ON AIR NOW

LISTEN NOW

Weather

cloudy-day
53°
Cloudy
H 70° L 55°
  • cloudy-day
    53°
    Current Conditions
    Cloudy. H 70° L 55°
  • cloudy-day
    72°
    Afternoon
    Cloudy. H 70° L 55°
  • cloudy-day
    70°
    Evening
    Cloudy. H 76° L 54°
LISTEN
PAUSE
ERROR

The latest top stories

00:00 | 00:00

LISTEN
PAUSE
ERROR

The latest traffic report

00:00 | 00:00

LISTEN
PAUSE
ERROR

The latest forecast

00:00 | 00:00

National
Jamie Dupree, silenced by illness, harvests a new voice from old tapes
Close

Jamie Dupree, silenced by illness, harvests a new voice from old tapes

WATCH: Radio Reporter Jamie Dupree Hears His Voice

Jamie Dupree, silenced by illness, harvests a new voice from old tapes

Radio reporter Jamie Dupree, 54, sat at a gate in Hartsfield-Jackson Atlanta International Airport, and downloaded his new voice.

Hampered for two years by a rare disease, unable to manage more than a few words at a time, he’d been waiting a long time to hear himself speak a full sentence. The executable program had been in his inbox all that day, but the day had been a busy one, having Botox injections in his tongue and the like.

Finally, as he waited for his flight back to Washington, he had a minute to himself.

He fired up his text-to-speech program, loaded the Jamie Dupree voice, and then stared at a blank screen.

“What do I type first?” he wondered.

“What do I want to hear me say first?

“So I simply wrote, ‘My name is Jamie Dupree. This is my new voice,’ and hit play.”

The Atlanta Journal-Constitution
Radio reporter Jamie Dupree, who has been covering Washington for 30 years, works at his tiny booth on the Senate side of Capitol Hill. PHOTO: COURTESY JAMIE DUPREE
Close

Jamie Dupree, silenced by illness, harvests a new voice from old tapes

Photo Credit: The Atlanta Journal-Constitution
Radio reporter Jamie Dupree, who has been covering Washington for 30 years, works at his tiny booth on the Senate side of Capitol Hill. PHOTO: COURTESY JAMIE DUPREE

Waiting to speak

Dupree covers Capitol Hill for the Cox Media Group (which includes The Atlanta Journal-Constitution and is a part of Cox Enterprises). For 30 years Atlanta audiences have heard his voice on WSB radio, reporting on Washington politics.

In the spring of 2016, during the wildest presidential primary ride in recent history, Dupree came down with a stomach bug on a trip to England. His stomach recovered, but bizarre side-effects followed.

His voice became wheezy and high-pitched, and he struggled for words. Finally, he couldn’t speak at all. For a radio reporter, it was the worst handicap imaginable, during an incredible campaign season. “It was my Super Bowl, and I missed it,” he has written.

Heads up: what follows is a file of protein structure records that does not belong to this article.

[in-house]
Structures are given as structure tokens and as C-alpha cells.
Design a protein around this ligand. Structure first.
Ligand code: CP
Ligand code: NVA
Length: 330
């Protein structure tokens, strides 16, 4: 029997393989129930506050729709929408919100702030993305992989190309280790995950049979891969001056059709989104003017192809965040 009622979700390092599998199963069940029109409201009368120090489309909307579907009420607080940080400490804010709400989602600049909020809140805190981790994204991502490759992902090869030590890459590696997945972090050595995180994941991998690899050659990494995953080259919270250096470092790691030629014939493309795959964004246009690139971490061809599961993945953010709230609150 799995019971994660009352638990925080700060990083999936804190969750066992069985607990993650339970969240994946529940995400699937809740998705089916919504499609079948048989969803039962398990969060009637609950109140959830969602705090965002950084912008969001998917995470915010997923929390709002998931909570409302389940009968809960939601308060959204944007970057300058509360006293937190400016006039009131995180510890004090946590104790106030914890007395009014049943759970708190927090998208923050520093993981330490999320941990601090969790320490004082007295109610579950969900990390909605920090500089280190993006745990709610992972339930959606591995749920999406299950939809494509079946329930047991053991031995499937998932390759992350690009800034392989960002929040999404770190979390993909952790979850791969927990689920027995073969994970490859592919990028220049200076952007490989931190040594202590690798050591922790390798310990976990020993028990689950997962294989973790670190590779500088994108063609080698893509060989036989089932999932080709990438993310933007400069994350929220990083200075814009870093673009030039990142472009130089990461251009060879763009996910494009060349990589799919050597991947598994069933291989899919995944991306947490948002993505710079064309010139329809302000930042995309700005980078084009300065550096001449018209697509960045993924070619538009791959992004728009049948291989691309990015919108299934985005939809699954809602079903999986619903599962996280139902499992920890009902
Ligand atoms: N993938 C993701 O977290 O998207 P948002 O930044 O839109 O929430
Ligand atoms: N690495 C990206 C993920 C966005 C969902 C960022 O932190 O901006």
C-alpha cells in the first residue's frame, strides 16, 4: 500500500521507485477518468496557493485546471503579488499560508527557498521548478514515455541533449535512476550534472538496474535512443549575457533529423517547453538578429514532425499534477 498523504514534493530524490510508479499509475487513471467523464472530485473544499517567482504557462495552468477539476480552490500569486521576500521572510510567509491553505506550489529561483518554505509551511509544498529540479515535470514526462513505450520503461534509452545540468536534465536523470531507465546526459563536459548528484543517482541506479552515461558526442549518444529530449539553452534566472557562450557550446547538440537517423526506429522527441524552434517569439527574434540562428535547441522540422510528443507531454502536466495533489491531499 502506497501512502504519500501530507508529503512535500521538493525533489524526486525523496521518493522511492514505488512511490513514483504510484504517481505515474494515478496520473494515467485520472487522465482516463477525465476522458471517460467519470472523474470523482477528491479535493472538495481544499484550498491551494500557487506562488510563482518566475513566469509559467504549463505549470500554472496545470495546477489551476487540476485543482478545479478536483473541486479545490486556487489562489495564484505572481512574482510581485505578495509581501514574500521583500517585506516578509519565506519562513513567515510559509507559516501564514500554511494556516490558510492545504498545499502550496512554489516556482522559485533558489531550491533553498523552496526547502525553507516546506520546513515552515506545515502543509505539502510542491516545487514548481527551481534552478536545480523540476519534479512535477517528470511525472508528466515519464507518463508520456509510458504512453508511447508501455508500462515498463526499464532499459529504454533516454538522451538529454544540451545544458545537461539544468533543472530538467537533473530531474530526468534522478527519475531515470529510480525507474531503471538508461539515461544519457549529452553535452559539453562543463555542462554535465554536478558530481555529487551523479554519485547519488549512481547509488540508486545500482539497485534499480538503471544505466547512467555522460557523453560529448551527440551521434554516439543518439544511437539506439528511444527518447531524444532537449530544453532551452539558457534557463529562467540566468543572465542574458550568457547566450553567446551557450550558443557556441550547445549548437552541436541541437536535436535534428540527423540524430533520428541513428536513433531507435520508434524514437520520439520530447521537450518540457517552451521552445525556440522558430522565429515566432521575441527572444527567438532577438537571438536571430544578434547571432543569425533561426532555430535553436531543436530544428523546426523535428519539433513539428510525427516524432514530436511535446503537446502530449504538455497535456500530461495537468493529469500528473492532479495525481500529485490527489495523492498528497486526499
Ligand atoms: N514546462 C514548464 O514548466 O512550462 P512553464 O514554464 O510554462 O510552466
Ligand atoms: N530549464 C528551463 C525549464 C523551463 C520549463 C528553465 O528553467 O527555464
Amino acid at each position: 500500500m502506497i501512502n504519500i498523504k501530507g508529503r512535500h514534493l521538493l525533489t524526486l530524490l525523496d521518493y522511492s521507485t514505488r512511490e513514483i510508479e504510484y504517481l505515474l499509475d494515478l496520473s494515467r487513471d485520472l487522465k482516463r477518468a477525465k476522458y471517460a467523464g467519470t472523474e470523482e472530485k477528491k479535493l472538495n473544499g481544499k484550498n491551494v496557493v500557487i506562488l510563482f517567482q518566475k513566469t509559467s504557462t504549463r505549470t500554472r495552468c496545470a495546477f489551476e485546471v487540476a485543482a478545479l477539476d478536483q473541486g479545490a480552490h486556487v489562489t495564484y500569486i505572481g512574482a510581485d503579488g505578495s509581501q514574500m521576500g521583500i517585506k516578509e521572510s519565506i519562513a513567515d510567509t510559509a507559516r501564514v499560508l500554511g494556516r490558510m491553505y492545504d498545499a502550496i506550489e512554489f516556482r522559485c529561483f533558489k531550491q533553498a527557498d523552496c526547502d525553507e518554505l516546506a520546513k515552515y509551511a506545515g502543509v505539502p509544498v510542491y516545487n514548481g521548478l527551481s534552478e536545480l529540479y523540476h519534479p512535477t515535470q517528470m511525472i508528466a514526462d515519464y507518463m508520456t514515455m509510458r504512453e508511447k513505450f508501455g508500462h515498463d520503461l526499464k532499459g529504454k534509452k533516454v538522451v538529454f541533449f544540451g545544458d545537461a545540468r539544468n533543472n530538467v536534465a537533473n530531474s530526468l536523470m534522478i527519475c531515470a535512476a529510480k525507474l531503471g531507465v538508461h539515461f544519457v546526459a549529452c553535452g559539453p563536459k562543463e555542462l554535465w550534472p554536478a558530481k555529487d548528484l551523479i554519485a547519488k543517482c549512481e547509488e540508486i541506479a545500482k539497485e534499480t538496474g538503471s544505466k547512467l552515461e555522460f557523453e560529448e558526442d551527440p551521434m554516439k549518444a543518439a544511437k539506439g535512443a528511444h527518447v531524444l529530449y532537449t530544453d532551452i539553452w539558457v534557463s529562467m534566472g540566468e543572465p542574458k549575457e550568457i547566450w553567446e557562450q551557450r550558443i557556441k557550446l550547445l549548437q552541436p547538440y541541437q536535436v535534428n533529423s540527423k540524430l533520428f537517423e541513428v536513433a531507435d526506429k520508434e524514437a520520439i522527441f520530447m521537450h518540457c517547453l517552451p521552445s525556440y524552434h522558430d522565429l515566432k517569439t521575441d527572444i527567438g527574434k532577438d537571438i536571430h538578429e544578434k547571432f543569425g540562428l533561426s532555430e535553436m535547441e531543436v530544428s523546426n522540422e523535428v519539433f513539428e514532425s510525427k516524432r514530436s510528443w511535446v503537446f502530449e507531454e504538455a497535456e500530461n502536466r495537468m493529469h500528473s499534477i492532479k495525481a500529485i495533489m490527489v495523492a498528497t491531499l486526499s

Though he continued to gather recorded interviews with lawmakers and posted regularly on his blog and social media, his voice disappeared from the airwaves.

Dupree launched a tour of hospitals, specialists and therapists from Atlanta to Baltimore to Cleveland, and a series of ineffective and sometimes painful treatments.

Doctors were baffled. They tried Botox injections to calm the muscles around his vocal cords.

“The needle was very long,” Dupree wrote in a text-only interview with the AJC. “The doctor manually moved my voice box to the side and slid a very long needle in there. My dad was with me, and his eyes grew very wide as he watched.”

Last year, a doctor at the Cleveland Clinic diagnosed his malady as tongue protrusion dystonia. It’s a neurological condition that causes the tongue to involuntarily protrude and the throat to close when the brain sends the signal to talk. The condition is vanishingly rare. There is little understanding of the cause and no known treatment. 

“He told me that no one treated what I had, and he had no idea how to help me,” wrote Dupree. “So, I drive home from Cleveland, knowing that I’ve just seen a big-time expert, and he has no idea what I should do.”

Building a voice

Dupree took to handing out cards that were printed: “I WOULD LIKE TO SPEAK WITH YOU, BUT … I am unable to TALK at this time.” The lawmakers he’d interviewed dozens of times took turns expressing their condolences, and late last year U.S. Rep. Ileana Ros-Lehtinen, of Miami, Fla., went to the House floor to explain Dupree’s plight and praise his work.

“Jamie’s valiant strength in the face of adversity is an inspiration to us all,” she wrote in a recent email to the AJC. “I took to the House floor to praise his determination while he faces dystonia, but this disease shouldn’t define him. Jamie is the same professional reporter with a penchant for finding truth that we have always known.”

Her announcement from the floor ended up putting Dupree together with Scotland-based tech company CereProc, which develops text-to-speech technology. Graham Leary, head of professional services, said for 500 pounds, his clients “can record 620 sentences in English, and we’ll build a voice for them,” phoneme by phoneme.

Dupree, of course, had already lost his voice. But he had hours of broadcasts that he’d saved. CereProc had everything they’d need.

Last month Dupree opened his laptop, and typed in his first sentence. His computer read it back in the voice of Jamie Dupree: “My name is Jamie Dupree. This is my new voice.”

A few of his colleagues have heard it since then.

“I had an emotional reaction when I first heard it,” said Rich Jones, host of the morning news show on Jacksonville, Fla.’s WOKV radio. “Heck! Jamie’s back!”

A few weeks ago, Dupree was honored with the Governor Cox Award by Alex Taylor, president and chief executive officer of Cox Enterprises, at a ceremony in front of other Cox Media Group employees. When it was time for Dupree to speak, he used his new cloned voice. 

Back on the air

Jamie’s back, though he really never left. Dupree still buttonholes legislators and asks them questions by scribbling on an LCD writing tablet called a Boogie Board, and he still feeds sound to his radio stations in Orlando, Jacksonville, Dayton, Tulsa and Athens.

“They have all kept promoting my reporting,” he writes. “They have all kept my name on the air. They feature my blog. I send them info and still do interviews with their local lawmakers, and get them background on the big stories.”

But he is stymied in one of the simplest pleasures of life: just chatting with his wife, Emily, and their three children, Elizabeth, Henry and Teddy.

“For whatever reason, I’ve been dealt this hand,” he writes. “There are so many things that I want to tell my kids, or my wife. But I can’t get them out.”

On the other hand, he writes, looking on the bright side, “I am not dying.”

Dupree has tried some homemade solutions. Holding a pen or a golf-tee in his mouth sometimes calms his tongue down. But he’s resigned to the prospect that his voice might never come back.